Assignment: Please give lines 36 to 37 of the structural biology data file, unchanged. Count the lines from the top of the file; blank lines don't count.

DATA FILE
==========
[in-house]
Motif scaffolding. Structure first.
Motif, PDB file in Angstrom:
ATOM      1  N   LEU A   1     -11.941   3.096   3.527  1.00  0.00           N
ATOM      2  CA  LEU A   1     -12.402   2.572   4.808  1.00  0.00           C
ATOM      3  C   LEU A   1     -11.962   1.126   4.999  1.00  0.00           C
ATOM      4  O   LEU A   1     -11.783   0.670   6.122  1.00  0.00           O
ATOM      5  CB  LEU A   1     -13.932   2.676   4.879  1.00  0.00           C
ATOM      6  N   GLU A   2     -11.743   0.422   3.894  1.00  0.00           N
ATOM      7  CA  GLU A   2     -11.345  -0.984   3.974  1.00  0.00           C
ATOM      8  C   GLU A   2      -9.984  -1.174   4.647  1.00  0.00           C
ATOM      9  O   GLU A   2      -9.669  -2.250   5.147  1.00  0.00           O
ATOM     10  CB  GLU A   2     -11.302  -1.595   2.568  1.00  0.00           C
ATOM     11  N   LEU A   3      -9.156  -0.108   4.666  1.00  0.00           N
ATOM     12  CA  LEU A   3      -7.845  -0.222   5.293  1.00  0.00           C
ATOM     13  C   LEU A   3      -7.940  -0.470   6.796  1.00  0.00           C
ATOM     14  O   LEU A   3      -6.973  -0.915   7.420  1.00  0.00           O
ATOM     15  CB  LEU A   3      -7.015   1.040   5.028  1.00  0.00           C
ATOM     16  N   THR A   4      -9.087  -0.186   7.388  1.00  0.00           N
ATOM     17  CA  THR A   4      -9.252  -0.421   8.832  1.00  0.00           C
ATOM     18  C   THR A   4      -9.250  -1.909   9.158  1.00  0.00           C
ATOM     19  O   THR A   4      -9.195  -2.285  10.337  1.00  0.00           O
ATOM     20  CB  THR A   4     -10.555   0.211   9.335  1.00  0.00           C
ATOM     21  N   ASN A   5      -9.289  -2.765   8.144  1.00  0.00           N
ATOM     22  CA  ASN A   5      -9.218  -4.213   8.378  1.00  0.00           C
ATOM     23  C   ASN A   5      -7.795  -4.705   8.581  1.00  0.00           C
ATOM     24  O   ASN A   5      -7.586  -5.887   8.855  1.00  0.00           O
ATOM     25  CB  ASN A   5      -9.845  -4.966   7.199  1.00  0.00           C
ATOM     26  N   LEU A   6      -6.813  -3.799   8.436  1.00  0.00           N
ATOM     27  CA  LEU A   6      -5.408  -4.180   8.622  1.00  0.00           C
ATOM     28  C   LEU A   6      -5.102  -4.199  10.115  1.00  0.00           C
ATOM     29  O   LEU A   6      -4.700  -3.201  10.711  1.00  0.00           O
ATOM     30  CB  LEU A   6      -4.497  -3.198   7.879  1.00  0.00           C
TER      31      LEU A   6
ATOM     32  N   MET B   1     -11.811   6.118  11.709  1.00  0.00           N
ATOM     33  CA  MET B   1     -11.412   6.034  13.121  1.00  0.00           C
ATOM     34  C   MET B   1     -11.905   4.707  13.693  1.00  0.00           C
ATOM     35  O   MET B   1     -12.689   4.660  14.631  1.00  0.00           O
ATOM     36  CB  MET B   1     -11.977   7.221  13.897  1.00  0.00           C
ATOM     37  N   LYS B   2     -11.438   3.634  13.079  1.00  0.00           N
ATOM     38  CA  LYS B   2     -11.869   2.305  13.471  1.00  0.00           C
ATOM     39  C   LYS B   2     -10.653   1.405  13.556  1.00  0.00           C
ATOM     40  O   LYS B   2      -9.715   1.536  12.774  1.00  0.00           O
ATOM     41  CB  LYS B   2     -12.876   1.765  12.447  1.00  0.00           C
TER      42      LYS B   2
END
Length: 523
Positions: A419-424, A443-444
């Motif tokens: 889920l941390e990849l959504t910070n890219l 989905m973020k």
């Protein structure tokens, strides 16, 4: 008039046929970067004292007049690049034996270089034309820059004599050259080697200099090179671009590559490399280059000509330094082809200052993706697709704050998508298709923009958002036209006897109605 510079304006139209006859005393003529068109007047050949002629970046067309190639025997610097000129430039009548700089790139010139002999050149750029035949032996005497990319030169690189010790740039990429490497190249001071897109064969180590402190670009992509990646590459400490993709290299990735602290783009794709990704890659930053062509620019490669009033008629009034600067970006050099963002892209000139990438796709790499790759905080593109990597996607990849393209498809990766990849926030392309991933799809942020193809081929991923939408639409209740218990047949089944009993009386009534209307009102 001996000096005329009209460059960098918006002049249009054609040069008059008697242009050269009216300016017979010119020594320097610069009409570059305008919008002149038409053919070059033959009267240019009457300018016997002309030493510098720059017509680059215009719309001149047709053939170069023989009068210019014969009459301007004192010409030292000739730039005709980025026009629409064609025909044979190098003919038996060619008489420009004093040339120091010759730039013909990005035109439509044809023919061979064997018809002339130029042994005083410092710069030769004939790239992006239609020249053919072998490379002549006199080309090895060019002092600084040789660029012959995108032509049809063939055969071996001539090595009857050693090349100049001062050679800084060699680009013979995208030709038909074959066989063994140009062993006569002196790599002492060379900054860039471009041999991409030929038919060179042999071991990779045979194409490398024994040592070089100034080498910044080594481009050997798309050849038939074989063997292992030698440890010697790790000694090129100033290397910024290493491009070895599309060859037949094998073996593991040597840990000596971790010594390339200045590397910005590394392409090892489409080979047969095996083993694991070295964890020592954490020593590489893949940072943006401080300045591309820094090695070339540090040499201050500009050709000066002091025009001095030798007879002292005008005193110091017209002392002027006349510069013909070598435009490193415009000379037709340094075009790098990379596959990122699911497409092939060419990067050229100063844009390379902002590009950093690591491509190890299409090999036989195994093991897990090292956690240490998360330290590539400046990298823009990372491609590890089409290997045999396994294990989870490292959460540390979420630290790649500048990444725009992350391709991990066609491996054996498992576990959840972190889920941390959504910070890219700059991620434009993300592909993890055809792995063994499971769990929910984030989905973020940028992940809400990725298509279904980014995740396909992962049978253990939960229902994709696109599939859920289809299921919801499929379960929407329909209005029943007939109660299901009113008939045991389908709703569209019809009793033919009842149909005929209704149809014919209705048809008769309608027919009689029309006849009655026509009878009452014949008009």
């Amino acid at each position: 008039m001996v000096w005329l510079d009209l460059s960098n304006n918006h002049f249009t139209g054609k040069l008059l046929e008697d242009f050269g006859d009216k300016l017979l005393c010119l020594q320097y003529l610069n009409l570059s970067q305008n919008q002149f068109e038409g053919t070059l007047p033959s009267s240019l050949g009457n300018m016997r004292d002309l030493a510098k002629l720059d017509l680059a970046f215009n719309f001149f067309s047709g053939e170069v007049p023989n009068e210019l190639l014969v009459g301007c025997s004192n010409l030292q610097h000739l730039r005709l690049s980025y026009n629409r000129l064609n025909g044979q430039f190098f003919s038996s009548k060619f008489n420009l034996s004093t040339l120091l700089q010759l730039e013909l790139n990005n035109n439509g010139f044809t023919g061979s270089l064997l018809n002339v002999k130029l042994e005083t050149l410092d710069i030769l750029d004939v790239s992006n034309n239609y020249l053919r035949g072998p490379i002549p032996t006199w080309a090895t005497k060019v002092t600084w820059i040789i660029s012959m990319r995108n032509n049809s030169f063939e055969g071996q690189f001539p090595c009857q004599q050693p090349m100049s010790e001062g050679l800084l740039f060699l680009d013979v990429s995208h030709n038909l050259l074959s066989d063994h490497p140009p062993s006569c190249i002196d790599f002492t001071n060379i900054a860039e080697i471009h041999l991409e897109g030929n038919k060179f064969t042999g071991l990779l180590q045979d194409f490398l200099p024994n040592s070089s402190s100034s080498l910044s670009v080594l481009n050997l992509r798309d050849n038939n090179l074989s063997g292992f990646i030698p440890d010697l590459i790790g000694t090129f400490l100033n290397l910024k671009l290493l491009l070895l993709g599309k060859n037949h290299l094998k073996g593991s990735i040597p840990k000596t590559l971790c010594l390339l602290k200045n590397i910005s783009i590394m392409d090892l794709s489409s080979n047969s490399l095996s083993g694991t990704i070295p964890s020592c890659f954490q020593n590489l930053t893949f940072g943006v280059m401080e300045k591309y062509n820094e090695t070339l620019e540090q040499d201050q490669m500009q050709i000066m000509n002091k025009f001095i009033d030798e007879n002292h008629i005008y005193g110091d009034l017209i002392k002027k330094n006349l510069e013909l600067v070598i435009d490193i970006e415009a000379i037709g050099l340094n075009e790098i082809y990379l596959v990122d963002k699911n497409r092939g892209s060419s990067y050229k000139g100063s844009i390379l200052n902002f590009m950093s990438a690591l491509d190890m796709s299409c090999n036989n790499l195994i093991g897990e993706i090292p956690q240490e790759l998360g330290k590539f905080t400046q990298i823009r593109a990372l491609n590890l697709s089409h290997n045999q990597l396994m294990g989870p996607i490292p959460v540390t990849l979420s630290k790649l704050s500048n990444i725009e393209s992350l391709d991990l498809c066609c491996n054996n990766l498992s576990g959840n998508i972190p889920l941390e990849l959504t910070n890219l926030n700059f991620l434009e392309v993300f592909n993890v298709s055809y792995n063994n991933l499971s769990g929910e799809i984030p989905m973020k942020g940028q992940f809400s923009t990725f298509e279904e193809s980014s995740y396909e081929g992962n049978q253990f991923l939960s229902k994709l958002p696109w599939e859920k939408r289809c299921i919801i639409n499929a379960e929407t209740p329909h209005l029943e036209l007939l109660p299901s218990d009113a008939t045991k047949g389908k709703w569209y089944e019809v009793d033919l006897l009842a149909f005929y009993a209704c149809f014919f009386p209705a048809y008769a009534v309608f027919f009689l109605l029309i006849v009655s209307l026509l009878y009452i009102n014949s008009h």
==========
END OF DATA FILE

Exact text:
ATOM     33  CA  MET B   1     -11.412   6.034  13.121  1.00  0.00           C
ATOM     34  C   MET B   1     -11.905   4.707  13.693  1.00  0.00           C